House approves lowering tuition for Colorado illegal immigrant students, bill goes to governor

Students to get in-state tuition rates

DENVER - A bill allowing lower tuition rates for illegal immigrant students received final approval from state House lawmakers Friday.

The bill passed 40-21 and will now proceed to Gov. John Hickenlooper, who is expected to sign the bill. Three Republicans joined with all the Democratic lawmakers to approve the bill.

Hickenlooper tweeted, "Undocumented kids will now have a fair and equitable way to pursue a higher education in CO. Well done."

The bill allows students who graduate from Colorado high schools to attend college at the in-state rate regardless of their immigration status.

Currently, students in the country illegally must pay the non-resident tuition rate, which can be more than three times higher than the in-state rate.

The proposal and similar bills have been debated at the Colorado Legislature for a decade. Both parties have voted to defeat the bills in the past.    Republicans argued that a federal immigration overhaul needs to happen first.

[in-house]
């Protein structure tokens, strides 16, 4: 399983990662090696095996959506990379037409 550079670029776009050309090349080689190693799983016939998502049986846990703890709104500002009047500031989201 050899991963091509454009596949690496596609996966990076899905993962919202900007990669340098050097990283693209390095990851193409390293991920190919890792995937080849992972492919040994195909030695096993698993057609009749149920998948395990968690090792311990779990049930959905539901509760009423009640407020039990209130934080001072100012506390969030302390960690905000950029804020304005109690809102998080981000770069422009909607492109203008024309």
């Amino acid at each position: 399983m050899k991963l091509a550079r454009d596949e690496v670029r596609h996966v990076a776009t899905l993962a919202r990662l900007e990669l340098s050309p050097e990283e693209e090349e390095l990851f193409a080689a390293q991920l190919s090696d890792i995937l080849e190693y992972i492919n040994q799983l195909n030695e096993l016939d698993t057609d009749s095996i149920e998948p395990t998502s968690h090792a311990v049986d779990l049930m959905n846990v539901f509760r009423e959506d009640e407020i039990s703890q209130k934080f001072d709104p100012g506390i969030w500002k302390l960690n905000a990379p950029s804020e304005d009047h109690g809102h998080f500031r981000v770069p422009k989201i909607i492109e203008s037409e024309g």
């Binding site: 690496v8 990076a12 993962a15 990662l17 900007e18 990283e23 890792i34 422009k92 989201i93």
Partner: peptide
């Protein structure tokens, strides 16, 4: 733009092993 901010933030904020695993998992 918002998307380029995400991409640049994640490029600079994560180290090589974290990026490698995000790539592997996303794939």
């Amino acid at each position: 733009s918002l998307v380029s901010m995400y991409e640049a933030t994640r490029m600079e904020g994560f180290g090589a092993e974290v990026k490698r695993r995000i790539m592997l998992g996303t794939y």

The bill has some specific requirements:  Students must graduate from a Colorado high school, they must have resided in Colorado for at least three consecutive years and they must sign an affidavit stating they are seeking citizenship.

Legislative analysts say the measure could affect some 500 students next school year.

In the past, many Republicans have said that the legislation raises an issue of fairness because illegal immigrants would be receiving a benefit that other students don't receive. But Democrats say the state has invested in the immigrants' education in state public schools and they should have the chance to attend college at an affordable rate.
 

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